3) Merge both populations at a new village next to the river
    (least saved, most equal solution, side effects based upon interactions between the populations)

    Even without a deadlock, none of the 3 obvious solutions is pure.

  10. - Top - End - #10
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    SolithKnightGuy

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    Default Re: Morally gray quests

    The river thing is one of the storylines in a Game of Thrones comic.

    Spoiler: Dunk & Egg spoilers
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    The two main characters arrive at some lowly lords land, his lands are dying cuz his river has been diverted. He's doesn't actually know what's going on cuz I guess in those months he hasn't thought to send anyone. Ser Duncan goes to investigate and see's the river has been diverted. Some stuff happens, Duncan sleeps with the lady of the other land (whose husband has recently died) then there's like about to be a battle but it turns out the lady is expected to marry and she's got all these suitors harassing her. She ends up marrying the lord of the other land and they merge their lands. Everyone is happy


    Anyway, is two sides having a dispute over resources really "grey"? There's certainly morality involved but it's pretty clear that the kindergarten teacher in all of us would see the best solution as "learn to share". Contrast that to the Witcher, where

    Spoiler: Witcher 3
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    You have to choose between saving a group of orphans, sacrificing an entire village in the process & freeing an ambiguously ancient evil... or you can side with the clearly evil, creepy as hell witches that end up eating the children and were going to kill your daughter. And all of that has the sanity/humanity of an old lady hanging in the balance, with the guy who gave you the quest potentially committing suicide if you mess up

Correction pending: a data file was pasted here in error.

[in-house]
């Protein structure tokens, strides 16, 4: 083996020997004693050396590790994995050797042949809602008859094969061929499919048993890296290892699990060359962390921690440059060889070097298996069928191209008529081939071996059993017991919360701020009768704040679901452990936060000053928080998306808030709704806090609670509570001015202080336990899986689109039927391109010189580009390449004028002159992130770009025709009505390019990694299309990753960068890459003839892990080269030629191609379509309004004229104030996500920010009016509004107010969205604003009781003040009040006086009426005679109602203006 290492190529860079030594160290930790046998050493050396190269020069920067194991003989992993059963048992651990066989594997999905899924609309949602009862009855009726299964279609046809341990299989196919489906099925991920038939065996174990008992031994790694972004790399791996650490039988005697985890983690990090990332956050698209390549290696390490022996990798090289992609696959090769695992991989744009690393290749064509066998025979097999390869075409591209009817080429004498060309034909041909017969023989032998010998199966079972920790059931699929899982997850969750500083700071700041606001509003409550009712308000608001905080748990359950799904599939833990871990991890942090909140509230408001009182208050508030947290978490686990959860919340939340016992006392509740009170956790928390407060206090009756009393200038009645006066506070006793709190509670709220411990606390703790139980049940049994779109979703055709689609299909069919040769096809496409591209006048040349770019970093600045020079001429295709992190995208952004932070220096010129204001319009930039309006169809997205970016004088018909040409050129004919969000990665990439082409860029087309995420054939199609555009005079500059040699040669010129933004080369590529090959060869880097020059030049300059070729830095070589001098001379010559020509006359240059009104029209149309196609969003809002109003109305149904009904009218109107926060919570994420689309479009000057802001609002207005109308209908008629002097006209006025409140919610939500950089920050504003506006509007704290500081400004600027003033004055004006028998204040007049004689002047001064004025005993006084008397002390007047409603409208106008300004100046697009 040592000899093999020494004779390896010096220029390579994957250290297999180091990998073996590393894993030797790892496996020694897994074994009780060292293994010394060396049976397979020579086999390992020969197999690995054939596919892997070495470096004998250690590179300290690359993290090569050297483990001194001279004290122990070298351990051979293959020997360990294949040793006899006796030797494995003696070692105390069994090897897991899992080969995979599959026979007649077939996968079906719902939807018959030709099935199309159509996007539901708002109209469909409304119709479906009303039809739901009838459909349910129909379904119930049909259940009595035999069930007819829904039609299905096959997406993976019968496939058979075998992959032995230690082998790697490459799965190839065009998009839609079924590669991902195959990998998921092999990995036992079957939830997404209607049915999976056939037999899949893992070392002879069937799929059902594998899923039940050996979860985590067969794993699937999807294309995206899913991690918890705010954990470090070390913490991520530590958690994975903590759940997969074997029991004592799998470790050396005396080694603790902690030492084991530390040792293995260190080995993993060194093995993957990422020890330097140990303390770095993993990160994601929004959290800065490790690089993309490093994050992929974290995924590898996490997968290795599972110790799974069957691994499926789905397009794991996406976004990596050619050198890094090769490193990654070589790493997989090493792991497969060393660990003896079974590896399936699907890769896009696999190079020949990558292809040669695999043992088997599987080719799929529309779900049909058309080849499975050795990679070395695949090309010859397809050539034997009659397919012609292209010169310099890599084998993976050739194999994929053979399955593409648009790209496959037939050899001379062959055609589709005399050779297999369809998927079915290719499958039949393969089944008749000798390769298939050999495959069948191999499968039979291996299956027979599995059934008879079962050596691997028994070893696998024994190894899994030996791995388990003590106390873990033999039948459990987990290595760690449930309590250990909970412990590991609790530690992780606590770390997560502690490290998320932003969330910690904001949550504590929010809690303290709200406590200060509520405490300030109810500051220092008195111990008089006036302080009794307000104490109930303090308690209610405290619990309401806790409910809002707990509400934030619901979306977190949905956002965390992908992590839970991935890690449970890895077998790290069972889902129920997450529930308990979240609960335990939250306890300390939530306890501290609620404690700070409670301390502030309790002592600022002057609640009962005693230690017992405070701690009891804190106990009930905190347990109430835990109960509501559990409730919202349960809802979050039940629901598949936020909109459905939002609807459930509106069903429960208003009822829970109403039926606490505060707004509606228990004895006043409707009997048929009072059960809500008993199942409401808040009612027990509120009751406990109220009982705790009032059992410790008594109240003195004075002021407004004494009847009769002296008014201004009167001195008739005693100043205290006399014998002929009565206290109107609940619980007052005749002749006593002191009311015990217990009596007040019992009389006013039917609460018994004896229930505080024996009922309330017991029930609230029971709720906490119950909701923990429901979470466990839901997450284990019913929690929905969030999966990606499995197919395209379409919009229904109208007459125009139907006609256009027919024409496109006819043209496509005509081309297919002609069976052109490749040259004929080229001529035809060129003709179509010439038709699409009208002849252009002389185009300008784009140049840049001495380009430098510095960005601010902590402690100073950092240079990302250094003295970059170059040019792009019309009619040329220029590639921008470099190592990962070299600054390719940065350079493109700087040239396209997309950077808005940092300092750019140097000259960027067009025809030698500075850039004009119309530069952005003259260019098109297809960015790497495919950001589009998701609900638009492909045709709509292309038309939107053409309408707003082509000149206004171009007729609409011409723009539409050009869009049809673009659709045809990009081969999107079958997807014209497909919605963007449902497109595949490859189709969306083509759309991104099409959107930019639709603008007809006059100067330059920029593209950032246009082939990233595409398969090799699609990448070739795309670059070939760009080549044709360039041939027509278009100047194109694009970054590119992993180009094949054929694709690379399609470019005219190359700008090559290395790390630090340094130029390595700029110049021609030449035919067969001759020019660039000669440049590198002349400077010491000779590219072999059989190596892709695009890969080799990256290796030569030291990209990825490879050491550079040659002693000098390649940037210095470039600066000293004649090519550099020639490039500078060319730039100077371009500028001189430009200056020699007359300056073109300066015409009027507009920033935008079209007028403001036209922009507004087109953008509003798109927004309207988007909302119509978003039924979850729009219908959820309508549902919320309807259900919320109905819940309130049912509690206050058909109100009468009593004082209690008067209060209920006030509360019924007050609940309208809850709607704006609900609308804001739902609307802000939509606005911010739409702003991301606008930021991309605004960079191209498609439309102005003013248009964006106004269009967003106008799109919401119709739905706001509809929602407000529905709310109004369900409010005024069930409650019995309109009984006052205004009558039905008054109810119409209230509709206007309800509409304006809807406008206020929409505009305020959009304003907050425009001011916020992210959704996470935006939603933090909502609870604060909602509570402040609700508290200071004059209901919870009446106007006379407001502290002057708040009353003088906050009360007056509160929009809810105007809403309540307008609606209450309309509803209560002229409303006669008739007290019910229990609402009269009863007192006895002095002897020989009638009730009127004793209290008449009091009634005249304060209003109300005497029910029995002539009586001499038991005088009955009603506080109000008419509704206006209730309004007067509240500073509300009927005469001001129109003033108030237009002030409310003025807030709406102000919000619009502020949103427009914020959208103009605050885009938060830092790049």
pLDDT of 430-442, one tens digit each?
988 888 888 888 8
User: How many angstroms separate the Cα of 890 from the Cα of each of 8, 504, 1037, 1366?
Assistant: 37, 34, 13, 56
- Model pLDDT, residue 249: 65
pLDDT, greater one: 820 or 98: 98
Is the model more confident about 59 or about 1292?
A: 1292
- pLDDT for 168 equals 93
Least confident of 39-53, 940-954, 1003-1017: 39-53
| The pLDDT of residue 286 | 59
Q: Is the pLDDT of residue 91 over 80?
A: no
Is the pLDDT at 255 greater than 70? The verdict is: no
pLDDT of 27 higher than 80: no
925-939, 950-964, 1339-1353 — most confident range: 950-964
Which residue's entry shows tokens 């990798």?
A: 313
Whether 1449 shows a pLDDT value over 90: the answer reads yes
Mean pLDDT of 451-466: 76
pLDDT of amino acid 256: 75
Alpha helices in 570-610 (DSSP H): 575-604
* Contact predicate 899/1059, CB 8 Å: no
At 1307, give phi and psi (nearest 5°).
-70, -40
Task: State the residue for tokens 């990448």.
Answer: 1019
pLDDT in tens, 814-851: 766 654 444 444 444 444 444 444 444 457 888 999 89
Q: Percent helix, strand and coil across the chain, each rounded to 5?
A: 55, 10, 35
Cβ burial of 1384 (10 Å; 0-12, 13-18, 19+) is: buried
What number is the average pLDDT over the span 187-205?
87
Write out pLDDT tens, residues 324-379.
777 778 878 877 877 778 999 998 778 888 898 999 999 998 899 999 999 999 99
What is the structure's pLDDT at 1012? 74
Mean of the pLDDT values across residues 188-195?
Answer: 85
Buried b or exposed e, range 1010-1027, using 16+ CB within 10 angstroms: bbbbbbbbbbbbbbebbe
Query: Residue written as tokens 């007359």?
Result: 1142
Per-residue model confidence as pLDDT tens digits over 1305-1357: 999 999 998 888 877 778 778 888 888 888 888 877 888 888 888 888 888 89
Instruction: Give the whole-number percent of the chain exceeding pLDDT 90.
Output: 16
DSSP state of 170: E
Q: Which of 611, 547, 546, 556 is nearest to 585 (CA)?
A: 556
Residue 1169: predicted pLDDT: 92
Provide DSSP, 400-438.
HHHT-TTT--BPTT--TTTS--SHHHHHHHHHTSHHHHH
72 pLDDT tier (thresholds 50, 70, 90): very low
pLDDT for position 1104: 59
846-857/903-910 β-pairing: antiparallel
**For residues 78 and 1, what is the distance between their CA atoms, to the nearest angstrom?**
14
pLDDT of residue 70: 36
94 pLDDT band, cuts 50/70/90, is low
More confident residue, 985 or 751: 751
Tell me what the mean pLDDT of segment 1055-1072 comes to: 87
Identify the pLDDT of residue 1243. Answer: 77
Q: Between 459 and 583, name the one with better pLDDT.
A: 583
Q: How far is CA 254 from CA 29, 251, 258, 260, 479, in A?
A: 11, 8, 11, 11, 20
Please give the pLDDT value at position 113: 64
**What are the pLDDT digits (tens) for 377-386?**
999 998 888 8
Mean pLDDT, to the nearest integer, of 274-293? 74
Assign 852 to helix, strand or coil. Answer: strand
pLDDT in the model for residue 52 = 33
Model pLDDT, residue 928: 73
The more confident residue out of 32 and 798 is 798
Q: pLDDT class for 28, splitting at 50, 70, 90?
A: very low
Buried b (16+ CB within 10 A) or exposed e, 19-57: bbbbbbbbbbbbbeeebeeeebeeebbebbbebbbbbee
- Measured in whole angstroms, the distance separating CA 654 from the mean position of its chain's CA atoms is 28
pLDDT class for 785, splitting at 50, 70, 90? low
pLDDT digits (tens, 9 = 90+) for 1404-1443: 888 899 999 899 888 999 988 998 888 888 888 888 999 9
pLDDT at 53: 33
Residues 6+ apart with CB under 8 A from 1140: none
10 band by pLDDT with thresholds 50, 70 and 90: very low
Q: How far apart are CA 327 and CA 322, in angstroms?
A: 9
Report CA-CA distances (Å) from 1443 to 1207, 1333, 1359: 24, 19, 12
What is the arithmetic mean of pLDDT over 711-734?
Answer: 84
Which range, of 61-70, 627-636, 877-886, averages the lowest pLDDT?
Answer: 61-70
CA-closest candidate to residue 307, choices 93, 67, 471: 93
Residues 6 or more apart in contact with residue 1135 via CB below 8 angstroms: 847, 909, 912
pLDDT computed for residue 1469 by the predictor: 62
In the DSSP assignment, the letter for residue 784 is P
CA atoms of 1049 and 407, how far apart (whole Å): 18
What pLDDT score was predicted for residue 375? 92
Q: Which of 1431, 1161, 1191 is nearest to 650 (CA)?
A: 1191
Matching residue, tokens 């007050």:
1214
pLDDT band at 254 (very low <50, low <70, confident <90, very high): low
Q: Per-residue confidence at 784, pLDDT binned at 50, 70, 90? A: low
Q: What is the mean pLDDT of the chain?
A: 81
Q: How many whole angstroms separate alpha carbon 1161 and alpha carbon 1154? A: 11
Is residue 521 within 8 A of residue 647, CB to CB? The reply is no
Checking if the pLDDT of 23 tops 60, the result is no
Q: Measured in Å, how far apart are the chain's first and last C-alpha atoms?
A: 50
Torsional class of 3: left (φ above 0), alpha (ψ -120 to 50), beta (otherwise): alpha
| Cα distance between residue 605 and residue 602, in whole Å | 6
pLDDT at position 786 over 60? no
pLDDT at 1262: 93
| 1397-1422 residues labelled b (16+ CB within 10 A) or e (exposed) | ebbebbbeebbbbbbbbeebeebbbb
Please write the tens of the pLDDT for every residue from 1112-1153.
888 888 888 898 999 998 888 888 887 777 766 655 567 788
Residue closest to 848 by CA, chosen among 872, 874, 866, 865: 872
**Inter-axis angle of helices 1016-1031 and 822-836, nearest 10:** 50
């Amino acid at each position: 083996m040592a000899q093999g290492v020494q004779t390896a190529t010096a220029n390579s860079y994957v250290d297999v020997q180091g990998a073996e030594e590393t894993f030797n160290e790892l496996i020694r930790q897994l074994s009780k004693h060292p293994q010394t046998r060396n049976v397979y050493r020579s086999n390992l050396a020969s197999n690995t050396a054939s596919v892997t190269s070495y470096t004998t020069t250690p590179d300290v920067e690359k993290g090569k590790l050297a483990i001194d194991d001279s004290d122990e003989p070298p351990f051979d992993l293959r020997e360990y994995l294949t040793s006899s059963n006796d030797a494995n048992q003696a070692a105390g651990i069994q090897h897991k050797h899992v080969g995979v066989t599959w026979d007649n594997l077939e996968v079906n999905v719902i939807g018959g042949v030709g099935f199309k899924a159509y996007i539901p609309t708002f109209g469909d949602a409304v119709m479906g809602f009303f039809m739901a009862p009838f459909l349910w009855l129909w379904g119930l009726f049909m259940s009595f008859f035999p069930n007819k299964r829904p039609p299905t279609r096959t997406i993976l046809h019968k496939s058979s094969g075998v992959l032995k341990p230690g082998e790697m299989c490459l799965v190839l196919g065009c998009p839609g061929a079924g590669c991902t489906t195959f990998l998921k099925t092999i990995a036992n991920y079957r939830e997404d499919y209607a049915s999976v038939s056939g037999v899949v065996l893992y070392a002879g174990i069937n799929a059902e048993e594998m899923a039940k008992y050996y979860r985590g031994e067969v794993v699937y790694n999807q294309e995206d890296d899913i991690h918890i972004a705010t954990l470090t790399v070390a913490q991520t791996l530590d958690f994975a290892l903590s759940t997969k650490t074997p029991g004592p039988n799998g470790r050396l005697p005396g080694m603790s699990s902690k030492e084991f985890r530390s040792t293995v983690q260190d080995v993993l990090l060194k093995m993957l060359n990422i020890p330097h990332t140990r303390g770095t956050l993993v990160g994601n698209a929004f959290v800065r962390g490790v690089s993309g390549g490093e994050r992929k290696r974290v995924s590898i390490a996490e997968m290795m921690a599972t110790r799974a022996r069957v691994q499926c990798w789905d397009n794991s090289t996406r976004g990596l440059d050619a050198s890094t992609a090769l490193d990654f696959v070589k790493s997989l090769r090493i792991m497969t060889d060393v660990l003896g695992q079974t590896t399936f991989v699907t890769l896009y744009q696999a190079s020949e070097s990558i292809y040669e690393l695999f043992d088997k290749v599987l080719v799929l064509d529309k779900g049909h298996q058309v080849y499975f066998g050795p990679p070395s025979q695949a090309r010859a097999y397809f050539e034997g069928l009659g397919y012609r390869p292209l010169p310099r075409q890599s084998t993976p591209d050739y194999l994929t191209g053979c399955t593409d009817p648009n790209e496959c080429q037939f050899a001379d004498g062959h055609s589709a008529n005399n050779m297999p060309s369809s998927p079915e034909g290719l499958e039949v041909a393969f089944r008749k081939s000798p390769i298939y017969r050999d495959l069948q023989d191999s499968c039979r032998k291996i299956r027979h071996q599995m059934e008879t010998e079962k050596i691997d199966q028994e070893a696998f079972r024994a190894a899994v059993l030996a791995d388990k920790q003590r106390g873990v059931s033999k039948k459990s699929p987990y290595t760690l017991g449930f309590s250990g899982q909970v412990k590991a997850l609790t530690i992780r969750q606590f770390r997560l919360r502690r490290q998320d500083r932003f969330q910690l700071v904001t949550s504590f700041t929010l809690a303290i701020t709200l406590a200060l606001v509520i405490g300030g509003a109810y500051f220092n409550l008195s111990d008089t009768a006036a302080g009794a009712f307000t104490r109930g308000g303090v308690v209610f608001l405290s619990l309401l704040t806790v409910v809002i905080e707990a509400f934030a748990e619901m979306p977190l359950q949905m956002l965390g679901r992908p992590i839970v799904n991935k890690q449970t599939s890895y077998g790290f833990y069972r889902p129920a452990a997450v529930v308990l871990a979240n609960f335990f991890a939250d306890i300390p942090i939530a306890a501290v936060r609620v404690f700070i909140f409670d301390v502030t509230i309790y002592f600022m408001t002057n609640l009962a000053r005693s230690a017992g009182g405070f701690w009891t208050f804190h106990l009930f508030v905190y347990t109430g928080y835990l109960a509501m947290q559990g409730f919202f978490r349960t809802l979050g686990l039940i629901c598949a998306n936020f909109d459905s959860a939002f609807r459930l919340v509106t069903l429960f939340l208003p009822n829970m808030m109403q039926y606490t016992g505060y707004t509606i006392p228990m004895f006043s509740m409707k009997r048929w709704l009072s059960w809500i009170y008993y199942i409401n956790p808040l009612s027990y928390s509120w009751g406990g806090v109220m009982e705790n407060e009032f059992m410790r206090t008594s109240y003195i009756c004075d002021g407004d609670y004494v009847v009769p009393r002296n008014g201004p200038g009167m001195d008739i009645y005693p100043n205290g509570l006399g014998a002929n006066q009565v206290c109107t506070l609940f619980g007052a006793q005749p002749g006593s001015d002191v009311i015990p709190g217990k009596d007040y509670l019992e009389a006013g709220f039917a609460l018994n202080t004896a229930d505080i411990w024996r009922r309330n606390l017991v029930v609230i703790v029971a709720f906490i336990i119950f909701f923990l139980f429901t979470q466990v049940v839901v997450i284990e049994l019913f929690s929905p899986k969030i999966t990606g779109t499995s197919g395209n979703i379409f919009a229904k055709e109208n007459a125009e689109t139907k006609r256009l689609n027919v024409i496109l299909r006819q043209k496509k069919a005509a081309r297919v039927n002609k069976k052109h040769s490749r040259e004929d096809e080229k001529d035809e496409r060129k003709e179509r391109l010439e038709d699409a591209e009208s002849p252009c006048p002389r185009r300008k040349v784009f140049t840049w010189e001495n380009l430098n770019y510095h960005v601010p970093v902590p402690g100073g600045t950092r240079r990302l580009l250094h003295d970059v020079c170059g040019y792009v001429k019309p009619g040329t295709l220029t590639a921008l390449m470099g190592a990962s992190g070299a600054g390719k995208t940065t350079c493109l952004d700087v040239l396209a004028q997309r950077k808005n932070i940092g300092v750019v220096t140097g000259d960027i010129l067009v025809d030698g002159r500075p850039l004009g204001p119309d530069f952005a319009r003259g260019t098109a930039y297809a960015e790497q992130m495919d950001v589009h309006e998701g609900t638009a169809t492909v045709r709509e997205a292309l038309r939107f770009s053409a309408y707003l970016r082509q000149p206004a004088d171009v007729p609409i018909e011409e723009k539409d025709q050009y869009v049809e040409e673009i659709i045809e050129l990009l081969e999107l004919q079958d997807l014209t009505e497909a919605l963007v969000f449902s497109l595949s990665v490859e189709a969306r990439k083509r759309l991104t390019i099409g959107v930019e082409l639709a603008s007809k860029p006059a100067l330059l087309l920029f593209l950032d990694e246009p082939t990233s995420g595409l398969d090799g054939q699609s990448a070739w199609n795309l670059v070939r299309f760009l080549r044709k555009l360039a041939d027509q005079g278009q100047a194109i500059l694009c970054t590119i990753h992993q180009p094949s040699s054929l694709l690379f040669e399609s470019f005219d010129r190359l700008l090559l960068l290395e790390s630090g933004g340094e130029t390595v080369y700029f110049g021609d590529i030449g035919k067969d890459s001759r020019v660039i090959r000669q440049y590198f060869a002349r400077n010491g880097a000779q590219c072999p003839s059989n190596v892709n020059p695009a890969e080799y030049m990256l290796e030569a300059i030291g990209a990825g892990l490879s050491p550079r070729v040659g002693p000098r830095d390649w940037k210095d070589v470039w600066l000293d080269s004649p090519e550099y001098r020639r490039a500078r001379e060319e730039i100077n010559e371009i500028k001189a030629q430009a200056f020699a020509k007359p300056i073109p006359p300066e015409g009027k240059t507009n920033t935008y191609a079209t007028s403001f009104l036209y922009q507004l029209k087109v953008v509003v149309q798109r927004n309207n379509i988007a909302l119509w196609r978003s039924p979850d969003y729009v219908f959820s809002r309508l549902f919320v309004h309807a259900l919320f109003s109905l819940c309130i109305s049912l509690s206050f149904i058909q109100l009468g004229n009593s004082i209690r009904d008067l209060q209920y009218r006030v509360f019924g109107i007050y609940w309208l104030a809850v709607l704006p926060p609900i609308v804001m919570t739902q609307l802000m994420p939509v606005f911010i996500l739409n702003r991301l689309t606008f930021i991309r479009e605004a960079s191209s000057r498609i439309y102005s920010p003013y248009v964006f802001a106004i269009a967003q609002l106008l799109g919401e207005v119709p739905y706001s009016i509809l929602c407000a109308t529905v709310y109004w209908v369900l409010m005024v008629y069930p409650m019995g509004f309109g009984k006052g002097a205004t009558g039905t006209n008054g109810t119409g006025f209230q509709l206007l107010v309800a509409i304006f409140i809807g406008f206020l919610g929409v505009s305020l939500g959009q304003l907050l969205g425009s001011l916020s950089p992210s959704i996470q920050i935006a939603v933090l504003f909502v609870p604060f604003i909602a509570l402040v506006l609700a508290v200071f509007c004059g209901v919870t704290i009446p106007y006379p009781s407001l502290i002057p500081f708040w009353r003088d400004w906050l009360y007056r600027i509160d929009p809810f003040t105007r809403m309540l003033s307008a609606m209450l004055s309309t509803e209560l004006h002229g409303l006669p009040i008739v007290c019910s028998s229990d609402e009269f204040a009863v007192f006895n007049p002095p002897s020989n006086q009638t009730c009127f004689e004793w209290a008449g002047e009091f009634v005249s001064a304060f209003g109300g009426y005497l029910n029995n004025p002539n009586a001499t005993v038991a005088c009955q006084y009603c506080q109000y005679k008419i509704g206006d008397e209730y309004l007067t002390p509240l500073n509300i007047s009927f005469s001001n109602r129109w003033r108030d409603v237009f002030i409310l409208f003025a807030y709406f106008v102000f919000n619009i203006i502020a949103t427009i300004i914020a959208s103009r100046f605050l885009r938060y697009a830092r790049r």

There's no happy ending in that storyline, and they don't broadcast any of the outcomes ahead of time. You just have to choose what you think sucks least and hope for the best.

  11. - Top - End - #11
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    NecromancerGuy

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    Default Re: Morally gray quests

    Quote Originally Posted by Douche View Post
    Anyway, is two sides having a dispute over resources really "grey"? There's certainly morality involved but it's pretty clear that the kindergarten teacher in all of us would see the best solution as "learn to share". Contrast that to the Witcher, where

    Spoiler: Witcher 3
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    You have to choose between saving a group of orphans, sacrificing an entire village in the process & freeing an ambiguously ancient evil... or you can side with the clearly evil, creepy as hell witches that end up eating the children and were going to kill your daughter. And all of that has the sanity/humanity of an old lady hanging in the balance, with the guy who gave you the quest potentially committing suicide if you mess up